The Mason City Globe-Gazette from Mason City, Iowa on February 14, 1931 · Page 7
Get access to this page with a Free Trial
Click to view larger version
February 14, 1931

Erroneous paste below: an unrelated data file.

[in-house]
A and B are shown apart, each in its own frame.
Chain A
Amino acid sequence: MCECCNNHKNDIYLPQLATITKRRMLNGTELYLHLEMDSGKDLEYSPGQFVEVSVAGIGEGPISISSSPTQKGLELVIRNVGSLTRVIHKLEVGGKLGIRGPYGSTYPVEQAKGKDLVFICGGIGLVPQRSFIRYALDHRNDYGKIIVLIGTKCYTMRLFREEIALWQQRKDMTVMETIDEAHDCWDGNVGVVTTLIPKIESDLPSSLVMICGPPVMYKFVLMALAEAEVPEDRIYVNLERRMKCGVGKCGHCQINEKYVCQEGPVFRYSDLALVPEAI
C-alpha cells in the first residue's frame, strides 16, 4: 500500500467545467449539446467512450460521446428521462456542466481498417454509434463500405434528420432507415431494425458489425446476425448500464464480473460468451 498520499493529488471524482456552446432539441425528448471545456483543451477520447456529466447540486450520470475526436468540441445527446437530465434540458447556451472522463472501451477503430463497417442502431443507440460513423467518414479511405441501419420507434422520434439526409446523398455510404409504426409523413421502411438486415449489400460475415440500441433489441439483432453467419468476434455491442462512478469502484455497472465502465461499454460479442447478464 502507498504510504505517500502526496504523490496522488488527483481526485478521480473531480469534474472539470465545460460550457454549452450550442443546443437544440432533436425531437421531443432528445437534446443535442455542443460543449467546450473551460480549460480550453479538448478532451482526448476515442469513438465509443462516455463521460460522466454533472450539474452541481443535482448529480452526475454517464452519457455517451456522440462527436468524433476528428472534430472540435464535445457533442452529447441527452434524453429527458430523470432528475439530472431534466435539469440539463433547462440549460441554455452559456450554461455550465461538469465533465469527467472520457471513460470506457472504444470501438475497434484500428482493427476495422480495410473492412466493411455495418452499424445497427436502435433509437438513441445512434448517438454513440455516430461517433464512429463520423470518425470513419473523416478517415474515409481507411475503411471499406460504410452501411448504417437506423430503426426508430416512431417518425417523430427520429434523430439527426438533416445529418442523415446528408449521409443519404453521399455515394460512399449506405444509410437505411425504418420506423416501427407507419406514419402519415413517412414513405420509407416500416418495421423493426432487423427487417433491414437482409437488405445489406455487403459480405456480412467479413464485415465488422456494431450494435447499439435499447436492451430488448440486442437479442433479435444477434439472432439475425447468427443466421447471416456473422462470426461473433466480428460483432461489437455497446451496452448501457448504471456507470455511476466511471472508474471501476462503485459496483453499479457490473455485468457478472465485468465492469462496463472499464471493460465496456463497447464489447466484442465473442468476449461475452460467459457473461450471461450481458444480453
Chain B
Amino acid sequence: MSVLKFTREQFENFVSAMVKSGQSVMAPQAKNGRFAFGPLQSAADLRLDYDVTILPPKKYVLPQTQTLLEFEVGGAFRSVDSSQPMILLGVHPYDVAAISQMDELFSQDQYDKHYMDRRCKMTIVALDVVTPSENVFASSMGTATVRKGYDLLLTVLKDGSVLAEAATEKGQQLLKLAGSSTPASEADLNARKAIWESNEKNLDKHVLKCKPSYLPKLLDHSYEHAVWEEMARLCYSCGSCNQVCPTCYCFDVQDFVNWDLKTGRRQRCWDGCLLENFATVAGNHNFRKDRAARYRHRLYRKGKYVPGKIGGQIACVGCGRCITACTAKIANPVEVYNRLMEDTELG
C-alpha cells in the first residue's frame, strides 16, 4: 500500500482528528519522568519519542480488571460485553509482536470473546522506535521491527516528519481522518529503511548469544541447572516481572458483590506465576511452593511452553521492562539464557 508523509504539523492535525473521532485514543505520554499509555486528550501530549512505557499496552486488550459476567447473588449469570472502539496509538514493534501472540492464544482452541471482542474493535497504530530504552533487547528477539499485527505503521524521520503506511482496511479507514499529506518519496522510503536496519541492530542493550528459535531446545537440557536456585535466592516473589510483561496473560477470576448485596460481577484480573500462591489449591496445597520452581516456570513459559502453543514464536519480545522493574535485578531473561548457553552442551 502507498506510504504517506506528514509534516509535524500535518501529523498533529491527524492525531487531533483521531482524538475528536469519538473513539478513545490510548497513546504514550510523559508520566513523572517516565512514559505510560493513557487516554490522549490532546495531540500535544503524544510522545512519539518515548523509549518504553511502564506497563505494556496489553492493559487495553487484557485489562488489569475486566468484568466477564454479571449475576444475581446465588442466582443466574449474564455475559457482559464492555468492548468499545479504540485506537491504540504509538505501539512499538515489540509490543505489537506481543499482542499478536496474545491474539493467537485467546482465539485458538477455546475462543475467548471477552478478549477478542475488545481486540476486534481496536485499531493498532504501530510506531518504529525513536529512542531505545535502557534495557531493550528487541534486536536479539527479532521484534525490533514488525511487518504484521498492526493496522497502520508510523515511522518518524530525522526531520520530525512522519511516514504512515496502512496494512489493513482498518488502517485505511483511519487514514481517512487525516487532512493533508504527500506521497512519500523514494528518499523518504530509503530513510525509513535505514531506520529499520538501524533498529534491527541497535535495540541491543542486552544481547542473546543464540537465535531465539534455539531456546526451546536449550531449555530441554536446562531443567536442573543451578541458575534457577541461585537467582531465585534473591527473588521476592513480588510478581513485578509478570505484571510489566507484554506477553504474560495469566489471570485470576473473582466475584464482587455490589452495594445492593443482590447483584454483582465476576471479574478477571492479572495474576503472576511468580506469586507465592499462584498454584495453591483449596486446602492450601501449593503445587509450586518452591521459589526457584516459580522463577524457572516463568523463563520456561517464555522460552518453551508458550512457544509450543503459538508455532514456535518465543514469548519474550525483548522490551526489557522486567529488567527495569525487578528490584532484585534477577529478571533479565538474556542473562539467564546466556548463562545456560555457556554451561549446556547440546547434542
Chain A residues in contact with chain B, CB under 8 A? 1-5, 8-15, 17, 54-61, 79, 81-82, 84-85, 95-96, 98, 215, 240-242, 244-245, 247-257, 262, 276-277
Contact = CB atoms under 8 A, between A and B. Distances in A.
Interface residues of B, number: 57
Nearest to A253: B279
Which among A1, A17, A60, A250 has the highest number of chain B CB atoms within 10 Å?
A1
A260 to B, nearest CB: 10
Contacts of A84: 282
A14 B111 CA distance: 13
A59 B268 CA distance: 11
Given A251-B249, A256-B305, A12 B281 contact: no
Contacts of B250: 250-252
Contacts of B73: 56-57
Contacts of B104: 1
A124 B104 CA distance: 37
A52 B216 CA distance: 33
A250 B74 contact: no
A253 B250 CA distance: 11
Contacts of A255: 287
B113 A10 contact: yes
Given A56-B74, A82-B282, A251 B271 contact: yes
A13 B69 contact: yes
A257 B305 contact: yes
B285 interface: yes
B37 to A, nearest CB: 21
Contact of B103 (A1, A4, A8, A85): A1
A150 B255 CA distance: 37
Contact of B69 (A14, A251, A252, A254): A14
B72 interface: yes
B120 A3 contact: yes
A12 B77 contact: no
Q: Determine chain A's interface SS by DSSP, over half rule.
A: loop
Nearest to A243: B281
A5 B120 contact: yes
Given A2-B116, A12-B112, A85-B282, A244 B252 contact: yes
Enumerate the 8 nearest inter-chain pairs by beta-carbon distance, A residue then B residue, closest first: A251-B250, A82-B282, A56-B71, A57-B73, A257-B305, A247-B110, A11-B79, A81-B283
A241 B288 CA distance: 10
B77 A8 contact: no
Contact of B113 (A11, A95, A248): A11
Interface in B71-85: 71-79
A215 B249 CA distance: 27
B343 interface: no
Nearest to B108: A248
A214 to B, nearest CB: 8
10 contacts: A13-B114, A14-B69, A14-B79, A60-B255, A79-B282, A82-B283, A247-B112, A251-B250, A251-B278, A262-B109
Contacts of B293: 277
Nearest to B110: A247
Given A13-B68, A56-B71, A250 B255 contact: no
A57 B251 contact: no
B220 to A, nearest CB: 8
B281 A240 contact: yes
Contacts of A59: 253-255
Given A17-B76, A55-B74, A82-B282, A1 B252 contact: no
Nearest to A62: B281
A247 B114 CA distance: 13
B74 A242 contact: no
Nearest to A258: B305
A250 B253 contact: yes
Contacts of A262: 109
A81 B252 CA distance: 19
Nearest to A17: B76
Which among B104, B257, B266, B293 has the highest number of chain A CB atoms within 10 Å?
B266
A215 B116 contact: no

The Mason City Globe-Gazette from Mason City, Iowa · Page 7

Publication:
Location:
Mason City, Iowa
Issue Date:
Saturday, February 14, 1931
Page:
Page 7
Cancel
Start Free Trial

Page 7 article text (OCR)